Stockton, CA- Stockton’s City Council met on Tuesday, January 31st in a study session of the Marshall Plan — a plan to combat the city`s escalating crime.
The Plan, composed of five phases, is now entering phase two (2) better known as the analysis phase. City Manager, Bob Deis, and other city leaders estimate that the overall plan will take at least a year for its actual implementation.
At the conclusion of phase one (1), community leaders had been selected to form a twenty member committee that will lead the Marshall Plan.
The list, which is pending city council approval, includes: Ann Johnston, Stockton’s Mayor; Elbert Holman, Stockton City Council Member; Bob Deis, Stockton’s City Manager; Eric Jones, Stockton Police Chief; Patti Mazzilli, Chief Probation Officer; David Warner, Presiding Superior Court Judge; Steve Moore, San Joaquin County Sheriff; James Willett, District Attorney; Peter Fox, Public Defender; Reverend J. Wayne Bibelheimer, Quail Lakes Baptist Church; Pastor Glen Shields, Progressive Community Church; Doug Wilhoit, CEO, Greater Stockton Chamber of Commerce; Carl Toliver, Superintendent, Stockton Unified School District; Bobby Bivens, NAACP; Benjamin Saffold, Chair of Public Safety Committee; Jose Rodriguez, CEO, Council for the Spanish Speaking; Ralph Womack, Peacekeepers; Mark Martinez, Hispanic Chamber of Commerce; Ger Vang, Lao Family Community of Stockton; Sovanna Koeurt, Asian Pacific Self-Development and Residential Association.
However, citizens and council members question if the development of the Marshall Plan is moving in the “right” direction. “The committee does not reflect grass root community leaders who experience crime firsthand,” highlighted Robert Rojas, Director of the Multicultural Heritage Council.
Also, the implementation of the plan was a concern, “Is going to be a year before we come up with the final product, crime is something that needs to be addressed sooner rather than later,” said Councilman Dale Fritchen.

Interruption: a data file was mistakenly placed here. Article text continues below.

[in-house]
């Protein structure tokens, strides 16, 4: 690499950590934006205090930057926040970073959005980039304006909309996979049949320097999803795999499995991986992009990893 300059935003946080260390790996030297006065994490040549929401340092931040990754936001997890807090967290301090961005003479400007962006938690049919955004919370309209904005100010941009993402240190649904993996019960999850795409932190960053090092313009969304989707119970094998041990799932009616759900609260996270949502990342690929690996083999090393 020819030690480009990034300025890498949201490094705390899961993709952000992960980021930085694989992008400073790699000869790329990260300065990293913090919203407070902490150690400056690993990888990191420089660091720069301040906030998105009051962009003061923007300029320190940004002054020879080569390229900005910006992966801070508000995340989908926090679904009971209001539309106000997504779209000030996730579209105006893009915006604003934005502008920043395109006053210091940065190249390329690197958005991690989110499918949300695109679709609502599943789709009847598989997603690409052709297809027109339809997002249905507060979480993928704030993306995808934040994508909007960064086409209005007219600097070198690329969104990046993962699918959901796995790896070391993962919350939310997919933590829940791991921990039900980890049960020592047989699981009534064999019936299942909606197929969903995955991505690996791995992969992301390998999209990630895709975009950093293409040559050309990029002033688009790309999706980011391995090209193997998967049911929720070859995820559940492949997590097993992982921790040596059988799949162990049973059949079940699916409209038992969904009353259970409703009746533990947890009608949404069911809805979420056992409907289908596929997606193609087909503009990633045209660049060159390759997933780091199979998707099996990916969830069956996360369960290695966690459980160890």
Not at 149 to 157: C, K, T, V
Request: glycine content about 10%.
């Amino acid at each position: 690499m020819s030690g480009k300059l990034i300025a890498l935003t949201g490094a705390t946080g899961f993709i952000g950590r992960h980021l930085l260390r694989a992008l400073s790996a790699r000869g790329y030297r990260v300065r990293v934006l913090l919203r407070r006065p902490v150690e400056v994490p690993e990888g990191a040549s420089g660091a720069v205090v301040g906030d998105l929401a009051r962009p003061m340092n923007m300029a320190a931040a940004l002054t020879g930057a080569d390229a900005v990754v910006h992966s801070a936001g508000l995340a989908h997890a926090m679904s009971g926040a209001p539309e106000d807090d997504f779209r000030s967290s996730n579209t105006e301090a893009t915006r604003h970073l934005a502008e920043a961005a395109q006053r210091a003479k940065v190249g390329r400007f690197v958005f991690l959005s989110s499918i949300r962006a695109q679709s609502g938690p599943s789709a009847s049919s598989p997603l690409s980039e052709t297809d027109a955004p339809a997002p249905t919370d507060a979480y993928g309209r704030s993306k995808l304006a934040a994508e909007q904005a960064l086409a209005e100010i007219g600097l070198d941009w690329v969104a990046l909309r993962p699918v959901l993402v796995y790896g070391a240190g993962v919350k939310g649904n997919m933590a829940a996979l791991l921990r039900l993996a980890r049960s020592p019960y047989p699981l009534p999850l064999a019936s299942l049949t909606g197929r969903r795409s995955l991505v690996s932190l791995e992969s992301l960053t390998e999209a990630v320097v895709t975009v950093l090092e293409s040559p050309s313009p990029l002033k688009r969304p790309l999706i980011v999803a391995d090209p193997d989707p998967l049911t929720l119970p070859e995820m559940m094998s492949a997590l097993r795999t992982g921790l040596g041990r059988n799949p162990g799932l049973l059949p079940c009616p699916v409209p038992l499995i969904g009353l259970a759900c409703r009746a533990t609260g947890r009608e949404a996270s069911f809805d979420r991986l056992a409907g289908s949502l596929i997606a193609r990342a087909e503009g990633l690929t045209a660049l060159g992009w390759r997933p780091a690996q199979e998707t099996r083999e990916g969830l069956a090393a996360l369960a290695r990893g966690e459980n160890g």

During the meeting Deis proposed investing $150,000 to hire an outside consultant, David Bennet, to lead the committee. Bennet is an expert in jails and courts, his Utah record demonstrates that he can “produced change”, noted Deis, who has worked with Bennet in the past.
“There is no way I can support paying $150,000 dollars for a consultant from out-of-state to come in and tell us what we need to do to solve our crime problem,” said Fritchen. The other Council members support hiring the consultant.
Meanwhile, as the discussion and planning of the Marshall Plan continues, the police department looks for ways to be proactive on the streets. “During this entire process, we had to be innovative, and look for the best practices with limited staffing,” said Interim Chief of Police, Blair Ulring, also present at the meeting.
This year, 17 more officers will be added to the Stockton Police Department, bringing the staffing level to 361 officers of the 441 the department had a couple years ago; this is “much better than where we are today” says Ulring.